The concept of diffuse noxious inhibitory controls (DNIC) has attracted particular attention in the past years. Under normal conditions, pain after application of an experimental nociceptive stimulus is attenuated by a conditioning noxious stimulus to a remote body region . According to experimental animal studies, this effect could contribute to acupuncture analgesia [10, 11]. However, animal experimental settings are different from clinical routine in humans regarding the intensity of acupuncture stimuli . The analgesic effect might therefore be different in animals and humans.
There are several further considerations that question the involvement of DNIC in acupuncture. Firstly, patients suffering from diseases with typically impaired DNIC (e.g., fibromyalgia , osteoarthritis of the hip , irritable bowel syndrome , or temporomandibular disorder ) still benefit from acupuncture therapy [18–21]. Secondly, classic DNIC-inducing tests in humans, such as the cold pressor test, ischemic tourniquet test and thermal heat test are noninvasive but very painful, whereas acupuncture is invasive but usually not very painful.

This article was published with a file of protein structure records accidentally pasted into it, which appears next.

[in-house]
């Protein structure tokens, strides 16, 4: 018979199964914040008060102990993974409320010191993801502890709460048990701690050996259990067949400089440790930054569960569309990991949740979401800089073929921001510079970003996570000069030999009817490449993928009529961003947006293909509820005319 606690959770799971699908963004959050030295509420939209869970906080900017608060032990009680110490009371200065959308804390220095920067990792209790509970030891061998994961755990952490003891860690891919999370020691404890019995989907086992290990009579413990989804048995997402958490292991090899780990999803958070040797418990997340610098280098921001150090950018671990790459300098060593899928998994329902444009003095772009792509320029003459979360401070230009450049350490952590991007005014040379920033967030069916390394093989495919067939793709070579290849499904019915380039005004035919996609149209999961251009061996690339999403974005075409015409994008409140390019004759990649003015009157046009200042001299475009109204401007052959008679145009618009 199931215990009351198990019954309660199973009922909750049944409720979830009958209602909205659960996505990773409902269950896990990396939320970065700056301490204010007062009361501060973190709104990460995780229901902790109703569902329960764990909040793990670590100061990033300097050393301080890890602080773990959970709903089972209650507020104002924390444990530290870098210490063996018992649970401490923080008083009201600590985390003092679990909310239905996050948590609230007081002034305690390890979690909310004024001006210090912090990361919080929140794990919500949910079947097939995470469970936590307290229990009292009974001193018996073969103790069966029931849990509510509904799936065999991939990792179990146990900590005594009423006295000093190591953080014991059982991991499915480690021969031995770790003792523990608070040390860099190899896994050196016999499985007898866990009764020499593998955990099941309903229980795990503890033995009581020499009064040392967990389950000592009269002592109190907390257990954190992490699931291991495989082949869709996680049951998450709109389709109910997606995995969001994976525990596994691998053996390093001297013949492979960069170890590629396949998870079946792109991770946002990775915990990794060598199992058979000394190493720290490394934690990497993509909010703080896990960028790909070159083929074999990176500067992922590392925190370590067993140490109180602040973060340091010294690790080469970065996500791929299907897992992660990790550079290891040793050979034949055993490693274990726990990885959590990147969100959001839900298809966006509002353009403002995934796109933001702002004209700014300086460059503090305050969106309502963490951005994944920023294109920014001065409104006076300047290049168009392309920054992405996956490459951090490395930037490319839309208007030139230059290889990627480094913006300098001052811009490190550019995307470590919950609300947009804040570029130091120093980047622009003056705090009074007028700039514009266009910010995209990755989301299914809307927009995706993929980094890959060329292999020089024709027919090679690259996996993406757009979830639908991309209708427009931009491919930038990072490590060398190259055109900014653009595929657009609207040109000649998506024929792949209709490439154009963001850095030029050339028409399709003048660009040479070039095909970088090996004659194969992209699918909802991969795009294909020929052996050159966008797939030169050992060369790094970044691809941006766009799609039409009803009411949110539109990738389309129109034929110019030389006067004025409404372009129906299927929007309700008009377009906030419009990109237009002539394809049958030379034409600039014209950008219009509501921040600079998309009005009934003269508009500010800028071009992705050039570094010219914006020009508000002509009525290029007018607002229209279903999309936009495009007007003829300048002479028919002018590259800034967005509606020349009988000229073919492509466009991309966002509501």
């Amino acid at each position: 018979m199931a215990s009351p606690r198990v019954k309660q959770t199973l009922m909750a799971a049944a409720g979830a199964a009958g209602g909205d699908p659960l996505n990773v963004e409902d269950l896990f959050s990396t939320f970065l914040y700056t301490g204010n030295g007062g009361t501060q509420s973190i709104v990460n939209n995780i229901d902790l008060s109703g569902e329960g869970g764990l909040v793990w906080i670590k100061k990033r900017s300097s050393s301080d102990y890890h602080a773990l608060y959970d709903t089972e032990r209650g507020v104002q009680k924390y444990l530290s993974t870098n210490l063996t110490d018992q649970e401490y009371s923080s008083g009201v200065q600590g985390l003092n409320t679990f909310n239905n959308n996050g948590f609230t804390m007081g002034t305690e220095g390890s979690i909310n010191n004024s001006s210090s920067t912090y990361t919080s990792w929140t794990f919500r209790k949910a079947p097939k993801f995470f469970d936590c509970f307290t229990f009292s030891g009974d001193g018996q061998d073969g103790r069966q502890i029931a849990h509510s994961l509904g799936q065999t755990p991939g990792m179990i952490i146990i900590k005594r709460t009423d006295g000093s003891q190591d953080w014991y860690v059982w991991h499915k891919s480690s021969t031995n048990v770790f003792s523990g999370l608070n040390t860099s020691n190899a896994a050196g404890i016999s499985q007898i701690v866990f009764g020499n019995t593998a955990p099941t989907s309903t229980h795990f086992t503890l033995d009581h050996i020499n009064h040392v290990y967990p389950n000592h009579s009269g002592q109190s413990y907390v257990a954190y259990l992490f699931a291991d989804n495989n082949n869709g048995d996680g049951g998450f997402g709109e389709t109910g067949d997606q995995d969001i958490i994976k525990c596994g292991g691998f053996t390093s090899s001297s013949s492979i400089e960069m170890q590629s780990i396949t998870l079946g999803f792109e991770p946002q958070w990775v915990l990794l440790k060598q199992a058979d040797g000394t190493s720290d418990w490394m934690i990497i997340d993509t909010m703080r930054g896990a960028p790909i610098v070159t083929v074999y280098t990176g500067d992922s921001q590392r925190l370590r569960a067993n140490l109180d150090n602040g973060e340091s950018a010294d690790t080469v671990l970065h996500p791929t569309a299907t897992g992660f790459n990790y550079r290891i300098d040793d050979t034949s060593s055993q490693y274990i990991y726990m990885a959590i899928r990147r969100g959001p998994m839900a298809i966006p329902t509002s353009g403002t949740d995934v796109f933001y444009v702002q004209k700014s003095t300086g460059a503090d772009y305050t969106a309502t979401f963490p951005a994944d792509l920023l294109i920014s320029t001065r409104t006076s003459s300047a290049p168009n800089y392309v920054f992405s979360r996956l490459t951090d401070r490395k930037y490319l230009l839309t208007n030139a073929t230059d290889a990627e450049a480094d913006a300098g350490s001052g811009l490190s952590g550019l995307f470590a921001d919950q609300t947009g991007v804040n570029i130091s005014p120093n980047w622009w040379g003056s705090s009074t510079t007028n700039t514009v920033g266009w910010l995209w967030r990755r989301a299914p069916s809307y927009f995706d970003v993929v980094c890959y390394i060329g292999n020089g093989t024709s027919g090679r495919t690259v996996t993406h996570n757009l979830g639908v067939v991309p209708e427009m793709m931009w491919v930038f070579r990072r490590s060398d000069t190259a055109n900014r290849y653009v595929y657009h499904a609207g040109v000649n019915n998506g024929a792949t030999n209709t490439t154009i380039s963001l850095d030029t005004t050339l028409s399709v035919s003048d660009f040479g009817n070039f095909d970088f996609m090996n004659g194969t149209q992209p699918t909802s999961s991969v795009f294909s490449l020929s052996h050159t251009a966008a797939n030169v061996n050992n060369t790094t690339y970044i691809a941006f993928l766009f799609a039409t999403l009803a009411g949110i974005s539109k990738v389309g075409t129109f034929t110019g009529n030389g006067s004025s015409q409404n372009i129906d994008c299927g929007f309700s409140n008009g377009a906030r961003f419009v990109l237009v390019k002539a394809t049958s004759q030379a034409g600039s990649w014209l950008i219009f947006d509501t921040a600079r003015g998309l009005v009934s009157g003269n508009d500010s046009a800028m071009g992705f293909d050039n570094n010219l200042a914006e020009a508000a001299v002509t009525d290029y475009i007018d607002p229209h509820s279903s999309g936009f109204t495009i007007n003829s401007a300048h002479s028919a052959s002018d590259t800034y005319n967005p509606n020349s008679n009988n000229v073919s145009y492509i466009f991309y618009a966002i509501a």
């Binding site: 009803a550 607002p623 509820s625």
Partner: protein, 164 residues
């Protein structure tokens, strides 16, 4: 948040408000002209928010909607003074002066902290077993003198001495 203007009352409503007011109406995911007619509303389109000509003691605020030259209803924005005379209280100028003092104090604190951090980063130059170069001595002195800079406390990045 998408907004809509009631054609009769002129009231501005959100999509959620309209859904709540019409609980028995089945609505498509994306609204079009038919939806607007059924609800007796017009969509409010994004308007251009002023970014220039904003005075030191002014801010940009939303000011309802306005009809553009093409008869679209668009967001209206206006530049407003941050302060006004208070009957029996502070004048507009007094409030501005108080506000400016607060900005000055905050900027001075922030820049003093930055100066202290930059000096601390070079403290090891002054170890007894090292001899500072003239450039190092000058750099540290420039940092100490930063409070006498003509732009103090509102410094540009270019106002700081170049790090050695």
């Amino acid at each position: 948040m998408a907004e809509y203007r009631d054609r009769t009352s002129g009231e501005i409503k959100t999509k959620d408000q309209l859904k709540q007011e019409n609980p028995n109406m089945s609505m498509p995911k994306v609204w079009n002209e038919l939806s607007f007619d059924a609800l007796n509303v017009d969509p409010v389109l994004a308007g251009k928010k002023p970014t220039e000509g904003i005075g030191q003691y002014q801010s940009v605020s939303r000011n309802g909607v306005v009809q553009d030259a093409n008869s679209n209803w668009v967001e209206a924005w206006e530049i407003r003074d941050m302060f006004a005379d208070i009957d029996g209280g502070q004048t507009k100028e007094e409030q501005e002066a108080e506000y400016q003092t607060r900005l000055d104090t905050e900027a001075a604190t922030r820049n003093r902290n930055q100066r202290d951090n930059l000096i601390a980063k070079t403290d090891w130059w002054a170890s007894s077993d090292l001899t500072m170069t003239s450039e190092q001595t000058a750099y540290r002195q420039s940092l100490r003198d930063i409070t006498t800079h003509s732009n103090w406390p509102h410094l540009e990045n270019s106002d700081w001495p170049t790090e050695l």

To date, several trials in humans have demonstrated an increase in pain thresholds after acupuncture [22, 23] or a decrease in pain ratings , but this has, to our knowledge, never been compared to a classical DNIC-inducing test paradigm and to placebo.
The aim of the present study was to compare the analgesic effects of acupuncture needling without stimulation and cold-pressor-induced DNIC, using nonpenetrating sham acupuncture (NPSA) as a control condition.
2. Materials and Methods
This was a randomized, blinded, crossover study. All subjects underwent three interventions on the same day: acupuncture needling, NPSA and cold pressor test. The three tests were performed in a randomized order according to a computer-generated randomization list. The interstimulus interval was set at 10 minutes. In the light of only short duration of stimuli, we considered that wash-out period sufficient.